Tuesday, November 19, 2019

Moving 3 buses around is always a challenge but it’s going as smooth as silk and everyone is very happy. We are covering all the bases and doing it was great organization and joy!

Today we started out with Mass and talks at Gethsemane. This is always a very moving place for people. From there to the top of the Mount of Olives to the place where Jesus taught the disciples to pray the Our Father. Also the place he ascended into heaven.

Lunch at a kibbutz and then to the high lookout promenade overlooking  Jerusalem for my talk “The Story of Salvation from Adam and Eve until Today.“ Mount Zion was next for the Upper Room and Church of Dormition. Most of our group lined up and entered the empty tomb of the Holy Sepulchre. Some free time and dinner at the hotel.

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By Susan Wills:

George Santayana’s famous statement — “Those who cannot remember the past are condemned to repeat it” — would be a great subtitle for a little known essay called “The Fate of Empires” (1976) by the little known British general and historian Sir John Bagot Glubb.

He explains that we generally fail to learn vital lessons from humanity’s past errors because history is taught in disconnected chunks, narrowly focused on this region or that era and almost never as a comprehensive study of the history of humanity. Plus historians, like the rest of humanity, are not above lying to burnish their nation’s history and tarnish the memory of ancient foes. 

Sir John Glubb confined his analysis of superpowers to the 3,000-year history of the Middle East and Europe — from Great Britain to Russia — where his knowledge was broad and deep, conceding that he was not an expert in the history of the Far East or of South America. In comparing the rise and fall of the eleven great empires that flourished between 859 B.C. and 1950 A.D., he uncovered a pattern of conquest, growth, maturity and decline that, remarkably, was common to all.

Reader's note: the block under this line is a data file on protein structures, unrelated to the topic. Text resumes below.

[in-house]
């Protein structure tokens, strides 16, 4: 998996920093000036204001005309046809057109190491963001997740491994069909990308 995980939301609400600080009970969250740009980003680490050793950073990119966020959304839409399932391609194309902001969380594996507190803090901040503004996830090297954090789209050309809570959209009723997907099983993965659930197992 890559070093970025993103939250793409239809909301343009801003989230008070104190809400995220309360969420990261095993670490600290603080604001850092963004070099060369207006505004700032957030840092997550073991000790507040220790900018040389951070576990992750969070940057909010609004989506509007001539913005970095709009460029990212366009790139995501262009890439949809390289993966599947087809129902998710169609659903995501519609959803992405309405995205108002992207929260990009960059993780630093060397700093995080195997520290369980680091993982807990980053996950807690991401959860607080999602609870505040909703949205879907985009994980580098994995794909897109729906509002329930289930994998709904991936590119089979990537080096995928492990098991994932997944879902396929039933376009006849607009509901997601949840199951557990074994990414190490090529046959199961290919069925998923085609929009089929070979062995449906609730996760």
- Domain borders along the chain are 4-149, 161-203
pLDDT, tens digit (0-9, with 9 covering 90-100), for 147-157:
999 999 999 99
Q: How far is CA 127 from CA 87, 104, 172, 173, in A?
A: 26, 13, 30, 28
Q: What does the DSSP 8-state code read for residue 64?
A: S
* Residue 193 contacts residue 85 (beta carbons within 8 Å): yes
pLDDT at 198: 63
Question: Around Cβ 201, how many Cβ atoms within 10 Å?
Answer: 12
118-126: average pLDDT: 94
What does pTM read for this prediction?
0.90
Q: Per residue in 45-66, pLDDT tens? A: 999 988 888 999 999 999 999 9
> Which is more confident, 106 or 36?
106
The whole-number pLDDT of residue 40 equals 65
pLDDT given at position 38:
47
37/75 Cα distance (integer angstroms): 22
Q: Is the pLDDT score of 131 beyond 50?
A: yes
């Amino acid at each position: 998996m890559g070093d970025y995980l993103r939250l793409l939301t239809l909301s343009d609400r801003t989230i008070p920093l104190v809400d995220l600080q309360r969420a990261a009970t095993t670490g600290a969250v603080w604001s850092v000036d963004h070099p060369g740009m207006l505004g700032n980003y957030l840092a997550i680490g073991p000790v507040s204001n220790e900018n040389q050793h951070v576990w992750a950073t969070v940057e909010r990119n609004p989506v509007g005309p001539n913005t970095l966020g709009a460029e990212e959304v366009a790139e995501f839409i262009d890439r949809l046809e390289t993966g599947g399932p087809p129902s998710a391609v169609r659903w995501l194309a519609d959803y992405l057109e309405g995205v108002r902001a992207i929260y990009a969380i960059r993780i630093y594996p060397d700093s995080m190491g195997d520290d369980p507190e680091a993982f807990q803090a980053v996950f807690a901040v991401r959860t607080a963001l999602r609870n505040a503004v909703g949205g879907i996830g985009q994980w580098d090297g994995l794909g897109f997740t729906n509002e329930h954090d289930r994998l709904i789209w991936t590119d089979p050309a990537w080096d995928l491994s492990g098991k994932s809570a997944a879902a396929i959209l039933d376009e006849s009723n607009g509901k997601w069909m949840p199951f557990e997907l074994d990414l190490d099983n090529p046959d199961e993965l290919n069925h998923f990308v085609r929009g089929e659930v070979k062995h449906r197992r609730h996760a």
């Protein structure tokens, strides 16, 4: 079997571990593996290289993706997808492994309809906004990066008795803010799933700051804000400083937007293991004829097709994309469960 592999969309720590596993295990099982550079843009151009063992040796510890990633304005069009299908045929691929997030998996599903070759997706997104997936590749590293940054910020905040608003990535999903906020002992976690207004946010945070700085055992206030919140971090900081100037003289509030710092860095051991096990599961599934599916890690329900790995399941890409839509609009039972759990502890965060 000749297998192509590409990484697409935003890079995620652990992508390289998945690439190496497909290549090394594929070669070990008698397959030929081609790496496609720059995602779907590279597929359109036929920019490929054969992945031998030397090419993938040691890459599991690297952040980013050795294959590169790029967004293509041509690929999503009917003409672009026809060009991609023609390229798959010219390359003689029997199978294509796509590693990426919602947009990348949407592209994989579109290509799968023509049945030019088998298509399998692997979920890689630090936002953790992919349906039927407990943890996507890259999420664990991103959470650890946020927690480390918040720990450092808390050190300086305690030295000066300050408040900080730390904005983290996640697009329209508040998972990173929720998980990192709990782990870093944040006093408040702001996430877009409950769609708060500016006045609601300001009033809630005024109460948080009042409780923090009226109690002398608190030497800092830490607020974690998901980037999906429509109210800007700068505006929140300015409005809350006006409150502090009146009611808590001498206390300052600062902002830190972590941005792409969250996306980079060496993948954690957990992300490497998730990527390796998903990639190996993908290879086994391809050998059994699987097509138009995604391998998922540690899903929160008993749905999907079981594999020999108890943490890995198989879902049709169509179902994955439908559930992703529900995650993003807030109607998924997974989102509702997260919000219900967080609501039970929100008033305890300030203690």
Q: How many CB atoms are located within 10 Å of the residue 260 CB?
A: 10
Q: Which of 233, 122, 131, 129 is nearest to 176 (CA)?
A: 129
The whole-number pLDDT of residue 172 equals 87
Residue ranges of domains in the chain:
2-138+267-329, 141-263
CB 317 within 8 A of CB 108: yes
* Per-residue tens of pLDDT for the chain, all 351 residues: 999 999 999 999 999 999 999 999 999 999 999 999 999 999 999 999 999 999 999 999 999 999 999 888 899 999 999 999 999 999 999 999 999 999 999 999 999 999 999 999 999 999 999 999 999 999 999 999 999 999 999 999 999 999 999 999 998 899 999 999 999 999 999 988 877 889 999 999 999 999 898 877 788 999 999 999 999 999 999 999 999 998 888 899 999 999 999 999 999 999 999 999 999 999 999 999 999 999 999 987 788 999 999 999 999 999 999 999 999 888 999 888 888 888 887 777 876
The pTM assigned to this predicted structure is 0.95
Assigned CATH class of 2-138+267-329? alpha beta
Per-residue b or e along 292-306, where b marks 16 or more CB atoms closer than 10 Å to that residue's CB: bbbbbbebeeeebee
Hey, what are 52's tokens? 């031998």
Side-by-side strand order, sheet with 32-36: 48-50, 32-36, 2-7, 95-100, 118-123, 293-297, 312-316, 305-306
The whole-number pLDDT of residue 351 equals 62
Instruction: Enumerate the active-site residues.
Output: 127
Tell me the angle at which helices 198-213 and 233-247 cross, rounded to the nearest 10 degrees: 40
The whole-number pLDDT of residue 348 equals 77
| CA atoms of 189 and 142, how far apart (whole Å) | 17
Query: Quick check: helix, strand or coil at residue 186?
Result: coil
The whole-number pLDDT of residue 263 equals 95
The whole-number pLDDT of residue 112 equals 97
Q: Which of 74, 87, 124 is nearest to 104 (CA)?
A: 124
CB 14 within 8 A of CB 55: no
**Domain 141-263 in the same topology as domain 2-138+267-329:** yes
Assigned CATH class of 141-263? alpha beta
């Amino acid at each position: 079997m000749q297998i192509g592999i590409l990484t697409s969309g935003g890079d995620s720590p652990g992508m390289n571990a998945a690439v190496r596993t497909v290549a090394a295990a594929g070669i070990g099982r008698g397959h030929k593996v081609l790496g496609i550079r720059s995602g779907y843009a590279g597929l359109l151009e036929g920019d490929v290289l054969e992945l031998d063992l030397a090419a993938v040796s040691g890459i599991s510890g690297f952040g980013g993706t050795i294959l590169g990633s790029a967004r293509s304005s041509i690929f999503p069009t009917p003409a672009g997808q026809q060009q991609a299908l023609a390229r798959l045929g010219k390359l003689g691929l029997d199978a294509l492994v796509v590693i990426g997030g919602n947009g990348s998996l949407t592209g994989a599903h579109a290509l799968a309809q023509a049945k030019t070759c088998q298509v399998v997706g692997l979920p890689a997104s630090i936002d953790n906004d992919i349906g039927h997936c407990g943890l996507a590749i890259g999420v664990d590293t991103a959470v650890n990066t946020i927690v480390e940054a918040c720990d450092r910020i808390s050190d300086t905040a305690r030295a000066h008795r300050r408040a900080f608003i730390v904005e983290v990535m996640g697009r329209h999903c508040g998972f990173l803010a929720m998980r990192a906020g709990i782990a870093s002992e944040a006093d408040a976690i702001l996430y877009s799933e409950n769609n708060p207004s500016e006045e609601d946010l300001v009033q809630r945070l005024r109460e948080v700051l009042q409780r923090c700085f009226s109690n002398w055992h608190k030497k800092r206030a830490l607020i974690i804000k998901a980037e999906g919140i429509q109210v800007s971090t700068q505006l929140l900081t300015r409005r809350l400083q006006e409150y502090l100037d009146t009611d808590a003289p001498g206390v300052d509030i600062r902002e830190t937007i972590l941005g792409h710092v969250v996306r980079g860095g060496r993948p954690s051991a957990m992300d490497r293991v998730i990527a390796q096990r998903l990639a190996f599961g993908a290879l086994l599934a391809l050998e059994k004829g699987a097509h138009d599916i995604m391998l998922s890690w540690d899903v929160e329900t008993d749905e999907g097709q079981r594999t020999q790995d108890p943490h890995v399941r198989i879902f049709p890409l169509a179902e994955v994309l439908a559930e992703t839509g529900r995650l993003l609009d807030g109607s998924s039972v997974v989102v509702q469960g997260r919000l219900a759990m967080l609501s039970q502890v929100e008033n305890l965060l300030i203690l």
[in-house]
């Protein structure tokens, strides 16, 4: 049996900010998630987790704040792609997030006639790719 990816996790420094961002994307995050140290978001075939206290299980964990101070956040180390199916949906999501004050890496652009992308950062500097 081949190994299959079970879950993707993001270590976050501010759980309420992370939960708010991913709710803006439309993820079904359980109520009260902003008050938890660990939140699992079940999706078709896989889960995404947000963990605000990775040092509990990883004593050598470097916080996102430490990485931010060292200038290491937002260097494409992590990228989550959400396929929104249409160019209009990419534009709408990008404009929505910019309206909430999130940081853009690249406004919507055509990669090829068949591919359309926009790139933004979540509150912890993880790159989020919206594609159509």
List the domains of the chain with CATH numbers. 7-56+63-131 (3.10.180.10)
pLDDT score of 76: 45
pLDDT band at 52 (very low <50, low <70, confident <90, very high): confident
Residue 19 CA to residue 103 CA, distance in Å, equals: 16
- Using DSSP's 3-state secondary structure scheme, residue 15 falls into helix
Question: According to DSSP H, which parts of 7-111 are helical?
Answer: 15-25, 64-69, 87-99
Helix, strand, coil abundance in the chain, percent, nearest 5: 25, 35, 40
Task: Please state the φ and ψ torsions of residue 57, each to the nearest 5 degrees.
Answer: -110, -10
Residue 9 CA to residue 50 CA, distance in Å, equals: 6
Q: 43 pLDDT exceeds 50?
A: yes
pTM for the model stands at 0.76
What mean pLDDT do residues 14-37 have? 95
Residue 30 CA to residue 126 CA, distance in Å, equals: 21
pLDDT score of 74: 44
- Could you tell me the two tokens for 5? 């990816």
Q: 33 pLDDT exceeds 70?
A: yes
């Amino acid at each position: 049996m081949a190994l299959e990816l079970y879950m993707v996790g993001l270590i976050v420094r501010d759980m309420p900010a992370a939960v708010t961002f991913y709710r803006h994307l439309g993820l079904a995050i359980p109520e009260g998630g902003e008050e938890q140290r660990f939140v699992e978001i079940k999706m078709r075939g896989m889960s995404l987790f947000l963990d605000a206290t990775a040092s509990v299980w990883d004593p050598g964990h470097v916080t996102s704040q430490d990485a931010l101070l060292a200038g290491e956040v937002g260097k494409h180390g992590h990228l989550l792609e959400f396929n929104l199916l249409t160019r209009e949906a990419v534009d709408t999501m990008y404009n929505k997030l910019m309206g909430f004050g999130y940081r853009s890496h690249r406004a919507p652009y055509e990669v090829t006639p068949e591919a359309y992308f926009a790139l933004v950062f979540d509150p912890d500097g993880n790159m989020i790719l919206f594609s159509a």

What surprised him even more: for each superpower, the whole process took place over ten generations or roughly 250 years. He saw the same trajectory being repeated in the United States of America. The most pressing question we now face is this: Can the values and habits that made America a great nation be restored or is its collapse — within the next 25 years — inevitable?

Seven ages can be identified in US history and in the histories of eleven past superpowers (Assyria, Persia, Greece, the Roman Republic, the Roman Empire, Arab Empire, Mameluke Empire, Ottoman Empire, Spain, Romanov Russia and Great Britain). The Age of — 

(1) Pioneers (“The Age of Outburst”)
(2) Conquest
(3) Commerce
(4) Affluence
(5) Intellect
(6) Decadence
(7) Decline and Death

We sometimes think of pioneers and conquerors as “barbarians,” like the Mongolians who conquered Persia or the Germanic tribes who sacked Rome, and assume that they conquered “effete civilizations.” But that’s not always the case.

For example, the pioneers in what became the US subdued “less advanced” tribal groups, but still fit the arc. Sir John describes pioneers as “normally poor, hardy and enterprising and above all aggressive”; “they abound in courage, energy and initiative, overcome every obstacle and always seem to be in control of the situation.”

For the whole insightful article click here.

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This sign confronts everyone entering the Carmelite Monastery Church of St. Joseph. This was the 1st convent started by St. Teresa of Avila.

Don’t you wish it was on every church door in America?   :-)

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